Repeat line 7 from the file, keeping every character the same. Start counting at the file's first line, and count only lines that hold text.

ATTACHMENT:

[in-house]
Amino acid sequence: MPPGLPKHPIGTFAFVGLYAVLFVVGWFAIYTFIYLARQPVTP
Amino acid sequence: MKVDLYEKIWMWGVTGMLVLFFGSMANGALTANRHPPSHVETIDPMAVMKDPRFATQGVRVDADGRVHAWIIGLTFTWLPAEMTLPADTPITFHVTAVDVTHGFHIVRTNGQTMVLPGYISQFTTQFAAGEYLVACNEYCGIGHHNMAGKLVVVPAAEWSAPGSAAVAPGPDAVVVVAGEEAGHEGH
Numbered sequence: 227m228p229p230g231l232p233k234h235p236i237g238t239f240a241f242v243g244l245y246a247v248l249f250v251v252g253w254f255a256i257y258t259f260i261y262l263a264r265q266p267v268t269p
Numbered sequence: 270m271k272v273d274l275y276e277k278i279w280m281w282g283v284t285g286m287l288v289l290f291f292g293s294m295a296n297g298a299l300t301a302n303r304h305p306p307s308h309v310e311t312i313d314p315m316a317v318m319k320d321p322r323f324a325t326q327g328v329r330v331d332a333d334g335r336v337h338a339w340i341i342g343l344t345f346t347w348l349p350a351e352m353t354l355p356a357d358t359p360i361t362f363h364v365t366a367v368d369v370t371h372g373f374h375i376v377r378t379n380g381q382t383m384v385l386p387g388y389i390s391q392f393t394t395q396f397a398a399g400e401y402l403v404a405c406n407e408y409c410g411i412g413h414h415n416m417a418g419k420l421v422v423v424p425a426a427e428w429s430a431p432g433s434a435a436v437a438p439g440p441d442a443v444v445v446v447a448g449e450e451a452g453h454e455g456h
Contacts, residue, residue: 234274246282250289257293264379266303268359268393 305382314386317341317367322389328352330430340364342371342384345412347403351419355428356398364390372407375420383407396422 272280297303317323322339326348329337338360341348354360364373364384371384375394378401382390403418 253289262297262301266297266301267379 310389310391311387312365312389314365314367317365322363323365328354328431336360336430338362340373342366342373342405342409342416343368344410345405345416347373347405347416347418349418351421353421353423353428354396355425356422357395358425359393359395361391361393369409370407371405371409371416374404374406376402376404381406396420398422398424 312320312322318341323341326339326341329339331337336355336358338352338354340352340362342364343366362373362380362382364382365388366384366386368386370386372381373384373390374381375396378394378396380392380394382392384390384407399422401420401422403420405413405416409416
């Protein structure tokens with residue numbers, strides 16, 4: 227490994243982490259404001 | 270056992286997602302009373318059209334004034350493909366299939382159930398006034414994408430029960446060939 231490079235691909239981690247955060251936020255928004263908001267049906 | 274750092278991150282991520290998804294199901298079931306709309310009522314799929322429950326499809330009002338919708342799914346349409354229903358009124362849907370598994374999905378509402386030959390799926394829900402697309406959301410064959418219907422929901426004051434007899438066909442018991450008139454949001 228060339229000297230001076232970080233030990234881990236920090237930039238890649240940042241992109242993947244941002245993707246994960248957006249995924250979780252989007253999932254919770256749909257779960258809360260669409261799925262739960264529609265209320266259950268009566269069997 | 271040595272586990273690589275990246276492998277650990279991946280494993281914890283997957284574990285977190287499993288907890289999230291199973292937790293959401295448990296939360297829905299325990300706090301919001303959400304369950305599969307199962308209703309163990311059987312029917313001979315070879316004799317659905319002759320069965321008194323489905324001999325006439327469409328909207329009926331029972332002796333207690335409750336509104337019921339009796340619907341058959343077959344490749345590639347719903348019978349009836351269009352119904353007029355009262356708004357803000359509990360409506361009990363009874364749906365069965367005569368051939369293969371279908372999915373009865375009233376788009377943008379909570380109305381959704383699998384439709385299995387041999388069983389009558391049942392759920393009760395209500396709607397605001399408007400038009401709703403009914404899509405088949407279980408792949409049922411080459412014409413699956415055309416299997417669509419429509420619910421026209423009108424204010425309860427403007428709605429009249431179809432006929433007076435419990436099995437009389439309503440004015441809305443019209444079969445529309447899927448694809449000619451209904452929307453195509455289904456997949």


């Protein structure tokens with residue numbers, strides 16, 4: 227490994243982490259404001 | 270056992286997602302009373318059209334004034350493909366299939382159930398006034414994408430029960446060939 231490079235691909239981690247955060251936020255928004263908001267049906 | 274750092278991150282991520290998804294199901298079931306709309310009522314799929322429950326499809330009002338919708342799914346349409354229903358009124362849907370598994374999905378509402386030959390799926394829900402697309406959301410064959418219907422929901426004051434007899438066909442018991450008139454949001 228060339229000297230001076232970080233030990234881990236920090237930039238890649240940042241992109242993947244941002245993707246994960248957006249995924250979780252989007253999932254919770256749909257779960258809360260669409261799925262739960264529609265209320266259950268009566269069997 | 271040595272586990273690589275990246276492998277650990279991946280494993281914890283997957284574990285977190287499993288907890289999230291199973292937790293959401295448990296939360297829905299325990300706090301919001303959400304369950305599969307199962308209703309163990311059987312029917313001979315070879316004799317659905319002759320069965321008194323489905324001999325006439327469409328909207329009926331029972332002796333207690335409750336509104337019921339009796340619907341058959343077959344490749345590639347719903348019978349009836351269009352119904353007029355009262356708004357803000359509990360409506361009990363009874364749906365069965367005569368051939369293969371279908372999915373009865375009233376788009377943008379909570380109305381959704383699998384439709385299995387041999388069983389009558391049942392759920393009760395209500396709607397605001399408007400038009401709703403009914404899509405088949407279980408792949409049922411080459412014409413699956415055309416299997417669509419429509420619910421026209423009108424204010425309860427403007428709605429009249431179809432006929433007076435419990436099995437009389439309503440004015441809305443019209444079969445529309447899927448694809449000619451209904452929307453195509455289904456997949």